U.S. Eases Oil Sanctions on Venezuela, Chevron to Resume Some Production

The United States eased its oil sanctions on Venezuela on Saturday as it authorized Chevron to resume pumping crude oil in the Latin American country and export it to the U.S.

This decision allows Chevron, the second-largest U.S. oil company, to continue working on existing projects in Venezuela through a license, which could be canceled by the U.S. at any time, that lasts six months and will be automatically renewed afterwards on a monthly basis, Reuters reported.

The move came after the Venezuelan government and the Unitary Platform, a Venezuelan opposition group, reached a humanitarian agreement on Saturday, the U.S. Department of Treasury said in a statement on its website.

The humanitarian agreement that was reached as per talks in Mexico City is expected to help Venezuelans with education, health, and food security. It is also focused on flood response and electricity programs.

U.S. Eases Oil Sanctions On Venezuela
Above, the Chevron logo is seen on January 26 in El Segundo, California. The United States has eased its oil sanctions on Venezuela on Saturday as it authorized Chevron to resume pumping crude oil in the Latin American country and export it to the U.S. Photo by PATRICK T. FALLON/AFP via Getty Images

The Venezuelan government and its opposition agreed to allow the United Nations to supervise a fund that would provide assistance in those areas, according to Reuters.

In response to the announcement about the agreement, the Department of the Treasury's Office of Foreign Assets Control issued Venezuela General License 41, allowing Chevron to "resume limited natural resource extraction operations in Venezuela."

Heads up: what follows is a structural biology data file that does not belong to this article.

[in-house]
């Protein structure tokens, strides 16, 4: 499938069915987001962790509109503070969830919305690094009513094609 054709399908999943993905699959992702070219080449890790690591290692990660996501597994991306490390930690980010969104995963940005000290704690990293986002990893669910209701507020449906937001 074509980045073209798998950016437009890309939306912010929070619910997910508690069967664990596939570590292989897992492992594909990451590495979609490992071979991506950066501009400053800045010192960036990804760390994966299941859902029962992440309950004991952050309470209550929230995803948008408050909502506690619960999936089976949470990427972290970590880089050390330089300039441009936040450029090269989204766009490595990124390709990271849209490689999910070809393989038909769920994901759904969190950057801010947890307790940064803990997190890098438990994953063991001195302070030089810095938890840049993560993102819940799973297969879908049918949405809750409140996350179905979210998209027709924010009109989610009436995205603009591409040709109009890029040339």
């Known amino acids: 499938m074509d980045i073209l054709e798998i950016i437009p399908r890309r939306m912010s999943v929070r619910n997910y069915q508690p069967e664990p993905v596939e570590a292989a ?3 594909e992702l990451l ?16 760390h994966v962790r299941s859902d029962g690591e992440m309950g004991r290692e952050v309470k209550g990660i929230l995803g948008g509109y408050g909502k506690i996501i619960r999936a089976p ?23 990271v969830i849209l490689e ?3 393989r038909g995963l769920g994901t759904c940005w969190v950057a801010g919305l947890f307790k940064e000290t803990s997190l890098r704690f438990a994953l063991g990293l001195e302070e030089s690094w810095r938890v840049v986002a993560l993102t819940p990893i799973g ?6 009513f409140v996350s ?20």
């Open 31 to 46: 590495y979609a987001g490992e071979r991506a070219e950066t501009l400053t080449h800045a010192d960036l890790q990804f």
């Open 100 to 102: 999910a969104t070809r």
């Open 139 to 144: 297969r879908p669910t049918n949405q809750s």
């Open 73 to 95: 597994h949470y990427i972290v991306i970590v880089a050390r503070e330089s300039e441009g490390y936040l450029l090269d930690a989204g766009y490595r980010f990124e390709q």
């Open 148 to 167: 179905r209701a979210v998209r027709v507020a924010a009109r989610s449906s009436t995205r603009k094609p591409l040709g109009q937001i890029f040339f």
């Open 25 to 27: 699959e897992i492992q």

"This action reflects longstanding U.S. policy to provide targeted sanctions relief based on concrete steps that alleviate the suffering of the Venezuelan people and support the restoration of democracy," the Treasury Department said in its statement.

The authorization comes as the U.S. market continues to struggle to replace Russian oil, which has been avoided after Western nations imposed sanctions on Russia in response to its invasion of Ukraine that began in late February.

Though the authorization could provide limited new supplies of crude, Chevron and other U.S. oil refiners could still benefit from crude supplies coming in from Venezuela, according to Reuters.

An unnamed senior Biden administration official told CNN on Saturday that the announcement about the Venezuelan government reaching a humanitarian agreement counts as steps toward the right direction, and said that the limited authorization shouldn't impact international oil prices. The official added that the move was not taken as a response to worldwide high oil prices.

The Treasury Department clarified that this authorization prevents PDVSA, the Venezuelan state-owned oil and natural gas company, from receiving profits from the oil sales by Chevron.

"GL 41 authorizes activity related to Chevron's joint ventures in Venezuela only, and does not authorize other activity with PDVSA," the department said.

Additionally, Chevron will not be allowed to help Venezuela develop new oil fields, however, terms of the authorization paves the way for the company to gather some of the billions of dollars owed by PDVSA through oil sales, according to Reuters.

Profits made from the resumed oil operations are expected to be used to repay debt to Chevron and will not go to Venezuelan President Nicolás Maduro's regime, the Biden administration official told CNN. Chevron will continue to be required to submit thorough reports about its financial operations to the U.S. government.

The Treasury Department on Saturday also said that other sanctions and restrictions will continue to be imposed on Venezuela.

"The United States will vigorously enforce these sanctions and will continue to hold accountable any actor that engages in corruption, violates U.S. laws, or abuses human rights in Venezuela," its statement read.

Newsweek reached out to the White House for comment.